Community Voices

Honest Conversations

A few months ago, I had the great honor of attending Chattanooga Insight, a Chattanooga Area Chamber of Commerce sponsored event.  Over two days, we listened to some of Chattanooga’s top leaders and professionals talk about the past, present, and future of Chattanooga and also went on an amazing tour around the city which highlighted many of the recent transformations.


For myself, the highlight of the program was listening to Chattanooga History Center Executive Director Dr. Daryl Black.  For one hour he dazzled the attendees of the program with an oral history of Chattanooga, starting with the early American Indians who first lived on this land, continuing on through the civil war, and ending with the current state of Chattanooga.  For someone brand new to this city, it was a great history lesson that helped me understand the place I now called home.  If you ever have the chance to listen to Dr. Daryl Black speak, I highly recommend that you check it out.


However, what has remained with me most from Dr. Black’s speech was not a specific historical event that he shared during his speech but instead the call to action in his parting words.  To briefly summarize, Dr. Black talked about how Chattanooga needs to “start having the difficult discussions” about race and for all Chattanoogans to fully understand just how important race has been in shaping Chattanooga’s history as our city grows and changes in the 21st century.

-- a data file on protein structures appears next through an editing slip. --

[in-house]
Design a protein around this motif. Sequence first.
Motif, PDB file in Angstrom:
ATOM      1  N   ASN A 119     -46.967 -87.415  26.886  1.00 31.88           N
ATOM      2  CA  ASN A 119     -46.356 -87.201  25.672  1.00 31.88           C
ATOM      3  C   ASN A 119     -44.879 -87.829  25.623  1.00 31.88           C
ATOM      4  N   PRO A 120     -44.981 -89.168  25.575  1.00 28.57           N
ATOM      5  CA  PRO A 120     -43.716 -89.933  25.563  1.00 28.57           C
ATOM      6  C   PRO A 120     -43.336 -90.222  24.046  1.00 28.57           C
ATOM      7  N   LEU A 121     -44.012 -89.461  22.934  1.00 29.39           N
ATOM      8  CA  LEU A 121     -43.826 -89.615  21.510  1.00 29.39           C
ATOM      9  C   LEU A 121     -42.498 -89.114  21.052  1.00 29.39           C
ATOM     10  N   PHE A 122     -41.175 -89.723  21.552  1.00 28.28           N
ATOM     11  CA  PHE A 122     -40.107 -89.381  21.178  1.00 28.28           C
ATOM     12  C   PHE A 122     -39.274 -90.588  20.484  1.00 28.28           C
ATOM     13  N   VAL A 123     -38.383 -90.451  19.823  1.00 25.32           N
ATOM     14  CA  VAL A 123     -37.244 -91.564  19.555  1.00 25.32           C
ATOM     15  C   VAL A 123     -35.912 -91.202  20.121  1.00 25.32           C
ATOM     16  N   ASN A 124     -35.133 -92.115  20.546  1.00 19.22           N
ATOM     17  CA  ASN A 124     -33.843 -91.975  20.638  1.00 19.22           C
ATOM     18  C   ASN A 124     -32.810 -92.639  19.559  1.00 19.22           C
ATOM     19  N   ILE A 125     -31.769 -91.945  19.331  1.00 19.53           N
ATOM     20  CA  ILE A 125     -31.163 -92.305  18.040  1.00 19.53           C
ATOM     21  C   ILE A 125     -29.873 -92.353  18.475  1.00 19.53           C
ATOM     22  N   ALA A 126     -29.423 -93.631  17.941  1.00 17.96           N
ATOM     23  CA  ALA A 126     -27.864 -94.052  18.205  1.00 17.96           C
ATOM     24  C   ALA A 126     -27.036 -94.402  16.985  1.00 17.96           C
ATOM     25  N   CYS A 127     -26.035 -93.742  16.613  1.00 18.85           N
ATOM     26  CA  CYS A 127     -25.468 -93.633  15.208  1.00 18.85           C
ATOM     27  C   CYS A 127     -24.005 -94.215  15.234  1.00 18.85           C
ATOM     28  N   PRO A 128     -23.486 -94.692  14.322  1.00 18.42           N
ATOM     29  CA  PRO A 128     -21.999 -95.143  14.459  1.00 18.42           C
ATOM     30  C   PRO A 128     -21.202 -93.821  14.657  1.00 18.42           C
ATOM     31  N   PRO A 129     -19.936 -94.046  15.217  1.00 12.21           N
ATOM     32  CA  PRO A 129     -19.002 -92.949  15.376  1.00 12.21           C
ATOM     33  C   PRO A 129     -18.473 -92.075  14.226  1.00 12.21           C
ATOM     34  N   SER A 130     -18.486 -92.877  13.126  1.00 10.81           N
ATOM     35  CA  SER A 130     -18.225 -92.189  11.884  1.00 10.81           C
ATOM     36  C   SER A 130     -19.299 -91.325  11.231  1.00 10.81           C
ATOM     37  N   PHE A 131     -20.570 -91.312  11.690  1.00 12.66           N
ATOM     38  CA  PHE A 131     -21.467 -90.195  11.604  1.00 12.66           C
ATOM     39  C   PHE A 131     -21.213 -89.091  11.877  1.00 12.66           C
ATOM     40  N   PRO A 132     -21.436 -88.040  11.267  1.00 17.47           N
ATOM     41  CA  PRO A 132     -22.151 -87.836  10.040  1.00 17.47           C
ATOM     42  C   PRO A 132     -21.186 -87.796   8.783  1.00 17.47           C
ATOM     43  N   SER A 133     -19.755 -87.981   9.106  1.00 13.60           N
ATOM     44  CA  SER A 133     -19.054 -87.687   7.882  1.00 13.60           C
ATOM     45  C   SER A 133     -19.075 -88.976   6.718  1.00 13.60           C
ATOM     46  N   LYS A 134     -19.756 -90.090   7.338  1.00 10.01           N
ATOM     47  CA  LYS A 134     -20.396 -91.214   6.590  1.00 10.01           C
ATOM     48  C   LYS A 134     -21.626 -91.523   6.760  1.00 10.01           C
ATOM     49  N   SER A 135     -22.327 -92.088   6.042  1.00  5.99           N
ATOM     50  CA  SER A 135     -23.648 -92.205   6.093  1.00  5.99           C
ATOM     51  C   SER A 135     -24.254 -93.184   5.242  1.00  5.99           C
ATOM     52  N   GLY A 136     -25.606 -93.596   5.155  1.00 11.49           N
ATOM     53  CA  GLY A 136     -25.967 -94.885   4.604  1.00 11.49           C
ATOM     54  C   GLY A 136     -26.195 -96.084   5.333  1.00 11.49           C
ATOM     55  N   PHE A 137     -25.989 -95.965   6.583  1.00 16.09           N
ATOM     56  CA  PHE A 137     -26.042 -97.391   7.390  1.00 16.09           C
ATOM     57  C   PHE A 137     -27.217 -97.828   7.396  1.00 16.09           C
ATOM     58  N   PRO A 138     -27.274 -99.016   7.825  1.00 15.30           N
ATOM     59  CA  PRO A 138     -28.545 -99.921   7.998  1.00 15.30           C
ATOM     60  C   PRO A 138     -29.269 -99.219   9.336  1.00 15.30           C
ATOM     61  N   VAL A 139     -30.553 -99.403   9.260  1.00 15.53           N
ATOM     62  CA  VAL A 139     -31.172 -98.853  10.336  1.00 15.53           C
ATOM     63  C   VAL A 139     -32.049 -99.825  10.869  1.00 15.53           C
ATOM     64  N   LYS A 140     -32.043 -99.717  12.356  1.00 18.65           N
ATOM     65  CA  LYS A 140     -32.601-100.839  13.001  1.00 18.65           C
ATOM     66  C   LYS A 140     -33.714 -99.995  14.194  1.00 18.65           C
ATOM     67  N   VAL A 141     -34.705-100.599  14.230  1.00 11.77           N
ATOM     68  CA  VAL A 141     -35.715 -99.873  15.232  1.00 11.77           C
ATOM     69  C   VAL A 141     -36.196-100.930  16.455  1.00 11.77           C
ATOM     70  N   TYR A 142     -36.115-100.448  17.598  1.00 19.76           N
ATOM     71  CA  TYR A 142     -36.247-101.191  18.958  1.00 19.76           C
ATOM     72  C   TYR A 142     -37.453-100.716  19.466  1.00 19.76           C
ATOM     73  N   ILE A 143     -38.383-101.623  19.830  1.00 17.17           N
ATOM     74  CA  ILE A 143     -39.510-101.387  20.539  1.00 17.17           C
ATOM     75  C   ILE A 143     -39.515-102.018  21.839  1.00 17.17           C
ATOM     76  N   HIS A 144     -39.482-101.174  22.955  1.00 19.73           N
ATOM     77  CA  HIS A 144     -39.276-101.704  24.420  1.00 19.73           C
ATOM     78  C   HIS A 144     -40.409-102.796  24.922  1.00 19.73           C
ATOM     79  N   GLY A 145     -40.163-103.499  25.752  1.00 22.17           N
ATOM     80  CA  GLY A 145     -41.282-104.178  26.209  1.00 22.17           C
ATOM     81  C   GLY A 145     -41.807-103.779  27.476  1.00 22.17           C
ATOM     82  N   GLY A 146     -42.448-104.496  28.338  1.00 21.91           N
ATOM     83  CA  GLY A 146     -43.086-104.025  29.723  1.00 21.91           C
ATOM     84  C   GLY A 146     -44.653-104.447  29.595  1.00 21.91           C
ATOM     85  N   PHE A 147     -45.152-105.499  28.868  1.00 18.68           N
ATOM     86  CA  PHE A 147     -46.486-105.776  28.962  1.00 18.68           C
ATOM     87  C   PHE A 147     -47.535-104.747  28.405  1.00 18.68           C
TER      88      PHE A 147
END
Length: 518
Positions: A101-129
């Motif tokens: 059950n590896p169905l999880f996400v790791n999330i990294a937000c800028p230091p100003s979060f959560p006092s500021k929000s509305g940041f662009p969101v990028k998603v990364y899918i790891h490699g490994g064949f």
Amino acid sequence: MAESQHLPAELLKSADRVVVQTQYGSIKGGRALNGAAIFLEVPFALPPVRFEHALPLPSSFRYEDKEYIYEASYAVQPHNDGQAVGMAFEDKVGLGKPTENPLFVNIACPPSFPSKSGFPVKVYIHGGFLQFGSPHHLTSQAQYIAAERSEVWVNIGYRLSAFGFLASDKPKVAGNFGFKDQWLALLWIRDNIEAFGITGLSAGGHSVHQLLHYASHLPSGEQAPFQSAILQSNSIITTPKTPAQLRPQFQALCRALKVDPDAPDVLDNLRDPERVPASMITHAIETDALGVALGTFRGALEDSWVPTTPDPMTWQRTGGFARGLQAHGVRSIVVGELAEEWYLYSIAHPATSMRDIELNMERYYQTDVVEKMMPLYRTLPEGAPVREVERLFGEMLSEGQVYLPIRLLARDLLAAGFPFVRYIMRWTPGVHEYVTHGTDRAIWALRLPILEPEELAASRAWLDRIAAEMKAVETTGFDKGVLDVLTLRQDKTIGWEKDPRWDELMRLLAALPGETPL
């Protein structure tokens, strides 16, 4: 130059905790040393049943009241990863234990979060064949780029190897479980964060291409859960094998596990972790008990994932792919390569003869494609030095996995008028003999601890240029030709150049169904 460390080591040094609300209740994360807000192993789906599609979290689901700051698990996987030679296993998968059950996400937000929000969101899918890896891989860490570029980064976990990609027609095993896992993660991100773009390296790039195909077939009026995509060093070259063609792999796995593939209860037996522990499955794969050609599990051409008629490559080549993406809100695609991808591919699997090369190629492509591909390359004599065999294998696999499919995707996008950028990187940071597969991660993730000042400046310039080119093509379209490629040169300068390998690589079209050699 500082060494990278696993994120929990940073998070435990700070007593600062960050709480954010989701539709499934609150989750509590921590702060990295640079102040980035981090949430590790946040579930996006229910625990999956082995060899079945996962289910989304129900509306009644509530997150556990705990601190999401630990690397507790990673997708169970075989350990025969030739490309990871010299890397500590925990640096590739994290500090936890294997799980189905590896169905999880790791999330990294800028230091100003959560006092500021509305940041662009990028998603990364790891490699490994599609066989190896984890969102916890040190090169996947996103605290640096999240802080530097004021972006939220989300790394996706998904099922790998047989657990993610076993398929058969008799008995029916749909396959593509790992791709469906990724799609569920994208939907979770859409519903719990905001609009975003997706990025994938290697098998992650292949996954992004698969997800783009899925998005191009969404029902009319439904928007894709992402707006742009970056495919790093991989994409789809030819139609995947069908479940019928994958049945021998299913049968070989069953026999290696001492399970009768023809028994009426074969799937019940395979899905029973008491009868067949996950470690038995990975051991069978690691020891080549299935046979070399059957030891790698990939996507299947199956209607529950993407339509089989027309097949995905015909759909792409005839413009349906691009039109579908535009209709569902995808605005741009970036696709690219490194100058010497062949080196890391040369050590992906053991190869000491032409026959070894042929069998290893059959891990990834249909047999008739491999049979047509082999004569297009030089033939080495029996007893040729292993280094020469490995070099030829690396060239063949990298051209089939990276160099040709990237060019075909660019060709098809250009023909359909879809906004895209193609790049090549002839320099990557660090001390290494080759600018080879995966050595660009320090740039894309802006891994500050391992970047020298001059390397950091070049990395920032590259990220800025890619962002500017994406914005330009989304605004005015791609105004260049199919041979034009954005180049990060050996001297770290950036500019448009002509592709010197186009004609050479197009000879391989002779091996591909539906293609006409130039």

Race is always hard to talk about. But will any problems be solved if we brush them under the rug?  It didn’t work in the past and as they say, history tends to repeat itself.  To better ensure the success of kids, tweens, and teens living in our city, I say we begin to have these difficult decisions.  As I said in my previous blog, the key to our city’s continued success and growth is keeping the youth population living, working, and learning in Chattanooga.  The success of our city won’t be measured solely by how many new technologies are made with our gig fiber network or how much money is brought to the community, but also by how the community grows, learns, and connects with each other.  Having open, honest, and forward thinking conversations about race will allow our community to grow.  It will give the youth growing up in our community one more thing to be proud of when they say, “Yup, I’m from Chattanooga.”

“To better ensure the success of kids, tweens, and teens living in our city, I say we begin to have these difficult decisions.”